Google Earth has long allowed users to zoom in on textured, three-dimensional representations of cities, but the view was more or less limited to one angle: straight down. But the search giant has now mashed up its wealth of high-res Street View data with some existing city textures, making it possible to zoom right down to street level and take in a pedestrian's view in 3-D.
What was once a kind of grainy, pixelated experience -- at least if you zoomed in really tight -- is now much more like the real deal. Building facades and architectural nuances are in focus, storefronts are legible, and landmarks can be explored in a far more realistic fashion than before. You could even argue that the ability to fly through cities, experiencing them from both ground level and from their upper stories and beyond, beats pounding the pavement yourself.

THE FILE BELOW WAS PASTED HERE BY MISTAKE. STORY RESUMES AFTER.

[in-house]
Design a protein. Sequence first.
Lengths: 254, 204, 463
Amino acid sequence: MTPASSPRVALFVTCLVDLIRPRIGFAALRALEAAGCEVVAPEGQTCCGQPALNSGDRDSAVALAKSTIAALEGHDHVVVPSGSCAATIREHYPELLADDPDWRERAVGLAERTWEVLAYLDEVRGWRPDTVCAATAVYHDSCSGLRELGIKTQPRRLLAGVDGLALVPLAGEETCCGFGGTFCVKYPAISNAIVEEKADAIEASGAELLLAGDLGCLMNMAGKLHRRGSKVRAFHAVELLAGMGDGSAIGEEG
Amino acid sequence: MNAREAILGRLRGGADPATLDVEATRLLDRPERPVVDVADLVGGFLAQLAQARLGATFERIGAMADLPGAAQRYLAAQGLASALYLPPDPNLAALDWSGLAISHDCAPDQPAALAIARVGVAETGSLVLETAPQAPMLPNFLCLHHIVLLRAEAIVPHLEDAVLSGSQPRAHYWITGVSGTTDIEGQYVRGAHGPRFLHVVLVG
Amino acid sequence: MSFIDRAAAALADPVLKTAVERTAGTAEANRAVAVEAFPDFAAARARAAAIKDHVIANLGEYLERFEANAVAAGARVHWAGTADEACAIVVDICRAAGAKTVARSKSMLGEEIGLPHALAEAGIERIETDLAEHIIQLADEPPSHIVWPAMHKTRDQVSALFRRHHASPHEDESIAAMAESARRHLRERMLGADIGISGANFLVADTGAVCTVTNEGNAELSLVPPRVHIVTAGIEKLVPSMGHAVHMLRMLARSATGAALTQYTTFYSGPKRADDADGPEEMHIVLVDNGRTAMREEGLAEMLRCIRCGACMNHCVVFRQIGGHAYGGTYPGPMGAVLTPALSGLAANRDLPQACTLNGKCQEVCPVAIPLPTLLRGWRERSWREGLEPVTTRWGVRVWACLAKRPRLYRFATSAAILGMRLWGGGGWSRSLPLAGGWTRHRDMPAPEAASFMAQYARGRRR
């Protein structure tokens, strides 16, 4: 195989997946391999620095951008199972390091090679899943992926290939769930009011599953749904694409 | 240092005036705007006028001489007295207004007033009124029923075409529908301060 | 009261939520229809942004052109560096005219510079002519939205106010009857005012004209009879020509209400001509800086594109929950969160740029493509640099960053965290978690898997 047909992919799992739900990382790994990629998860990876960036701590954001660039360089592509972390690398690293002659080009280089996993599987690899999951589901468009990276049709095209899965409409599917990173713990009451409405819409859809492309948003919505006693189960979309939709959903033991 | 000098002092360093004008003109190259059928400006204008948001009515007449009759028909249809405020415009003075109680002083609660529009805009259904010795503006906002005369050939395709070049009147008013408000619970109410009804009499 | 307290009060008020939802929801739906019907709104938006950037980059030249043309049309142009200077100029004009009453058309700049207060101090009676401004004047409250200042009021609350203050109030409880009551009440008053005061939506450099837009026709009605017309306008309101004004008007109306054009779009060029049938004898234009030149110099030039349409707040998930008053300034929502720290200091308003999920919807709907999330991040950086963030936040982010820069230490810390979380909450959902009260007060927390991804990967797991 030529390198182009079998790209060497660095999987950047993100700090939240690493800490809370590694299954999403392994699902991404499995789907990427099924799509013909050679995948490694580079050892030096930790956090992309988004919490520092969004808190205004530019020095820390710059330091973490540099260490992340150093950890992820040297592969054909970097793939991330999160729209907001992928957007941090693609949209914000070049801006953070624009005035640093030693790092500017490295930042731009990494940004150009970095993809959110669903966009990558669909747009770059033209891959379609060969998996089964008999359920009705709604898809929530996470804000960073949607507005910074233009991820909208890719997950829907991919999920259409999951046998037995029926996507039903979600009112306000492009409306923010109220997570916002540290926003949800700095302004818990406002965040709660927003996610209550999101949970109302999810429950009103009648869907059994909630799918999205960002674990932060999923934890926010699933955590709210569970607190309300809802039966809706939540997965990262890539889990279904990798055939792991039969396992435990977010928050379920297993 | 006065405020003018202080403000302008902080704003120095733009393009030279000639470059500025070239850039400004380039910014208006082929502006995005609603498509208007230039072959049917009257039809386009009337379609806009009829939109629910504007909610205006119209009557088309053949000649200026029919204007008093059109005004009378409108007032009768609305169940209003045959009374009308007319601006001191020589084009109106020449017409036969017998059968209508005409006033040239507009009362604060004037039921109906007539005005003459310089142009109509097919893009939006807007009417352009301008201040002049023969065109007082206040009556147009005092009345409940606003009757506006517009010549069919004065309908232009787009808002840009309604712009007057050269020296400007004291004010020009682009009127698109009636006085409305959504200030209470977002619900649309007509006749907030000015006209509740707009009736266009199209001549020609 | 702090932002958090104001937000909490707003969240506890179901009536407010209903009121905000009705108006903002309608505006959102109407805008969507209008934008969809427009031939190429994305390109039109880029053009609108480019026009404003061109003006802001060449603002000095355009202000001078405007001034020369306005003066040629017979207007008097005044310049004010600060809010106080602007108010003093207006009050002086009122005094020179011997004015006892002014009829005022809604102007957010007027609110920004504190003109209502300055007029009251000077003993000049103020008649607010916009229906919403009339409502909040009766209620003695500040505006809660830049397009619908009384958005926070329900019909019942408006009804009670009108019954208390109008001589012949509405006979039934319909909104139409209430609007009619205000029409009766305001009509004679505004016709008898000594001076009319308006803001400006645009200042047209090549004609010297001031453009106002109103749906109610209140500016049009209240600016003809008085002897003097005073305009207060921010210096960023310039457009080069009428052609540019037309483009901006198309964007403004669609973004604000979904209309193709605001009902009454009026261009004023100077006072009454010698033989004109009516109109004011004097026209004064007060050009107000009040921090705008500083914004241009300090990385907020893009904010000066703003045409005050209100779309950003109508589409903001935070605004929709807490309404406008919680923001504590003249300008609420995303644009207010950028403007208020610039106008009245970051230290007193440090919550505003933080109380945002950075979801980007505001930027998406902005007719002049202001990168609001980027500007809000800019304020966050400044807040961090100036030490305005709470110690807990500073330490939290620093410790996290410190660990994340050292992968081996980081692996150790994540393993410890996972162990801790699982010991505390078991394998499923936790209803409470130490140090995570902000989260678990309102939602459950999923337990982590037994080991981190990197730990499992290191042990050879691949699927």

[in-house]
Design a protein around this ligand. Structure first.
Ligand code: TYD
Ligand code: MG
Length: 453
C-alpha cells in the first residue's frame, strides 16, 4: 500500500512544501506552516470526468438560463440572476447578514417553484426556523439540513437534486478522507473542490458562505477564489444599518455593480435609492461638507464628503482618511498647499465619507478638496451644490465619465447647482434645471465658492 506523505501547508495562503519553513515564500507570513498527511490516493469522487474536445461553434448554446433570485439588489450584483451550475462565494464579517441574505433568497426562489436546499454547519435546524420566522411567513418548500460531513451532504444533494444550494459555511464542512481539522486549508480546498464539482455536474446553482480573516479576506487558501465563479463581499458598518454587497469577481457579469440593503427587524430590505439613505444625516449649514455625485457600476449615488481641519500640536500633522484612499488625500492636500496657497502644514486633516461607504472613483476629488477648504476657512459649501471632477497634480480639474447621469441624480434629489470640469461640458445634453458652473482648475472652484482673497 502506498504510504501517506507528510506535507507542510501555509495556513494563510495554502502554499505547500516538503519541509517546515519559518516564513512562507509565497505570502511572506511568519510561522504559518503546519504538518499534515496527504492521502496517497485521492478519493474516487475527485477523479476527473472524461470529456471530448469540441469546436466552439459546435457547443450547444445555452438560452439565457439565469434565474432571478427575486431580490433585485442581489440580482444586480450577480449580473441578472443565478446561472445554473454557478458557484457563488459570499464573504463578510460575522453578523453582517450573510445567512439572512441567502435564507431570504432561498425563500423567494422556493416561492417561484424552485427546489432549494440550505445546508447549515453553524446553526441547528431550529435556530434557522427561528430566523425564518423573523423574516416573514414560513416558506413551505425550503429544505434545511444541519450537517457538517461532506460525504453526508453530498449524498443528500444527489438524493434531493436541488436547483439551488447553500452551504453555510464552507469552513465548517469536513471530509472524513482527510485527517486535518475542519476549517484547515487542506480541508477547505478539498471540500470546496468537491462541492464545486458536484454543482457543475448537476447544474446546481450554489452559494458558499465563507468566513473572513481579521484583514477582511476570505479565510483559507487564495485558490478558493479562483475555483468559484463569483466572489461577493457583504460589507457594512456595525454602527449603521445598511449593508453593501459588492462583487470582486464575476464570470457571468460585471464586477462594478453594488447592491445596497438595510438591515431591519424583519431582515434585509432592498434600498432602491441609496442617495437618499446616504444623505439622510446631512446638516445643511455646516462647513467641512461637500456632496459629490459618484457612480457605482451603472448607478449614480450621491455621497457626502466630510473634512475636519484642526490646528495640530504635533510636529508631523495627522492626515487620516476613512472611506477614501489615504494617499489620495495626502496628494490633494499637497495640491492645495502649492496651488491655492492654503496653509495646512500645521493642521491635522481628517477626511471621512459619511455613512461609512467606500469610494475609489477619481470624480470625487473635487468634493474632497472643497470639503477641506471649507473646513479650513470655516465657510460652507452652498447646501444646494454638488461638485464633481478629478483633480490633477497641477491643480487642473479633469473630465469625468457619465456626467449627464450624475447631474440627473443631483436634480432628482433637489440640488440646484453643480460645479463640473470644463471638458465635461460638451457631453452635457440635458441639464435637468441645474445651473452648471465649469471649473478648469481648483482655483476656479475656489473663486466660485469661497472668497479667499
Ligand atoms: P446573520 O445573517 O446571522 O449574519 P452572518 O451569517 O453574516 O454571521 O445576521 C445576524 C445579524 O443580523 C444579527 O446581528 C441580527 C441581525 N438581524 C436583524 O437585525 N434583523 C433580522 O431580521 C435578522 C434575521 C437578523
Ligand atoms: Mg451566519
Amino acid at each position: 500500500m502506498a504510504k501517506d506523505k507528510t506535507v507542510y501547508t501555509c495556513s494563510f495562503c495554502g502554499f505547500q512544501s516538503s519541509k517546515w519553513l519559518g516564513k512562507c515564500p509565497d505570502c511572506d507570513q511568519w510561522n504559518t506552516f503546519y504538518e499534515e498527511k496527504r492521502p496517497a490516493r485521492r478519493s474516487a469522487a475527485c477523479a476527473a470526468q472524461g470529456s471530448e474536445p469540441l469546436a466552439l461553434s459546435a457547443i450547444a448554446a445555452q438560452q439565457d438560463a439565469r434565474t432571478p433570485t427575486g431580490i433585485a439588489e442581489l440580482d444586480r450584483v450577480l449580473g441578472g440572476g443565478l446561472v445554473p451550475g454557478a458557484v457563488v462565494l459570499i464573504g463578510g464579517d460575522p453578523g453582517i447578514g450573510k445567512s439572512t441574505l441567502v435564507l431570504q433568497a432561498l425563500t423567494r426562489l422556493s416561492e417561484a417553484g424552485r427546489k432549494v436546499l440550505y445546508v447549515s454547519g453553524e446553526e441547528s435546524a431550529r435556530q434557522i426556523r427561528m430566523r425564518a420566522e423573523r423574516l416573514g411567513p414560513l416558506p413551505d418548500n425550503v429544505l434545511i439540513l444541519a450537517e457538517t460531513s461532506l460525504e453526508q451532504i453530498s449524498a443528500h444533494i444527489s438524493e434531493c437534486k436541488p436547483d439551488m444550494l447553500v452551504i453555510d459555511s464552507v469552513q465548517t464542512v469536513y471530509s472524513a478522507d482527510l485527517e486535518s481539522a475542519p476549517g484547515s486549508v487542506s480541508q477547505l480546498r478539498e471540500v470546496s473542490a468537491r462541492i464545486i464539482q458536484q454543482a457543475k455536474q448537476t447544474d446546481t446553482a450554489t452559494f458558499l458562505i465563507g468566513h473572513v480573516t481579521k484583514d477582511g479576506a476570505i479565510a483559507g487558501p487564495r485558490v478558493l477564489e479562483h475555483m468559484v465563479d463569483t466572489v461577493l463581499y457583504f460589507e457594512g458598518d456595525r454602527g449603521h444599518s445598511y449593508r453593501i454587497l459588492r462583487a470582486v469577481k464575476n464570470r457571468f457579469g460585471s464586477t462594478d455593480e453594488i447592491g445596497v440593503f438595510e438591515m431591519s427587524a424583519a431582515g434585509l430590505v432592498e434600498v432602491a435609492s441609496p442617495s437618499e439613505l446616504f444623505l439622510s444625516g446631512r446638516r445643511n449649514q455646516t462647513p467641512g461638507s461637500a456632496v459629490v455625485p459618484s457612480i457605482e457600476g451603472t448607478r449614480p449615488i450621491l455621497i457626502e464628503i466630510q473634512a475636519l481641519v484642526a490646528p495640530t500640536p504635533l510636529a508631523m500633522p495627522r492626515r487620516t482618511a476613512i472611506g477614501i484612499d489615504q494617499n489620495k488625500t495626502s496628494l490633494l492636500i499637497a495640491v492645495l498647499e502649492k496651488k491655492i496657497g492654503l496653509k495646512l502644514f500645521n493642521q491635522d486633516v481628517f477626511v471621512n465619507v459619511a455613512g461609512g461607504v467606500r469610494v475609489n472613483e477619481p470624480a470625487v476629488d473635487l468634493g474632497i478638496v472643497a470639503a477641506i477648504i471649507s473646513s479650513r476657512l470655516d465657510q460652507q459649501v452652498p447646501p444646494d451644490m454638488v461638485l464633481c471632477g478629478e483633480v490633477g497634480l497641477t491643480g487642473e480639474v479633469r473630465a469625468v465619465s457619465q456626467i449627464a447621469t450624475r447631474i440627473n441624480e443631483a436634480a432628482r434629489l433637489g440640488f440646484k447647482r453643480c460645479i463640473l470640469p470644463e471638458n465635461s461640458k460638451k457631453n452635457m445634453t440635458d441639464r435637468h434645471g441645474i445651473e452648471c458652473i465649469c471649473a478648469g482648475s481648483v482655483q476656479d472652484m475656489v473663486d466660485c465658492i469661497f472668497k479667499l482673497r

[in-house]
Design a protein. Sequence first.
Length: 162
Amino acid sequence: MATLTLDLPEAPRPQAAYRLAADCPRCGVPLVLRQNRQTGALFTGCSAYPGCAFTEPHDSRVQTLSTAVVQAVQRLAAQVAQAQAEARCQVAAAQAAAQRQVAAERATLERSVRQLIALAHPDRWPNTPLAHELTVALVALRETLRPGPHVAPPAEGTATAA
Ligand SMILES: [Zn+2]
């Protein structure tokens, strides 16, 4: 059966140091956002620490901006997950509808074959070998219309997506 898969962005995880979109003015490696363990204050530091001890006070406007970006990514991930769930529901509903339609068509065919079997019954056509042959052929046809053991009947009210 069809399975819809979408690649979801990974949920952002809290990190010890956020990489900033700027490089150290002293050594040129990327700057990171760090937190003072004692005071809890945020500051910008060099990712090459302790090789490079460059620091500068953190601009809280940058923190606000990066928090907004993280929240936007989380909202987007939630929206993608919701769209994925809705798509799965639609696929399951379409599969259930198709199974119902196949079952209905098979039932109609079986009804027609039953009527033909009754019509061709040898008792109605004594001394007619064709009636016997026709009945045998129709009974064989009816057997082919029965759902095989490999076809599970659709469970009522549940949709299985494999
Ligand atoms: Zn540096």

Currently, the 3-D experience is limited to a smattering of international cities -- New York, Cape Town, London, etc. -- but more 3-D-enabled locales are surely on the way, as Google's mission is, after all, to catalog everything in the world. You can take a spin around NYC below.
Five amazing, clean technologies that will set us free, in this month's energy-focused issue. Also: how to build a better bomb detector, the robotic toys that are raising your children, a human catapult, the world's smallest arcade, and much more.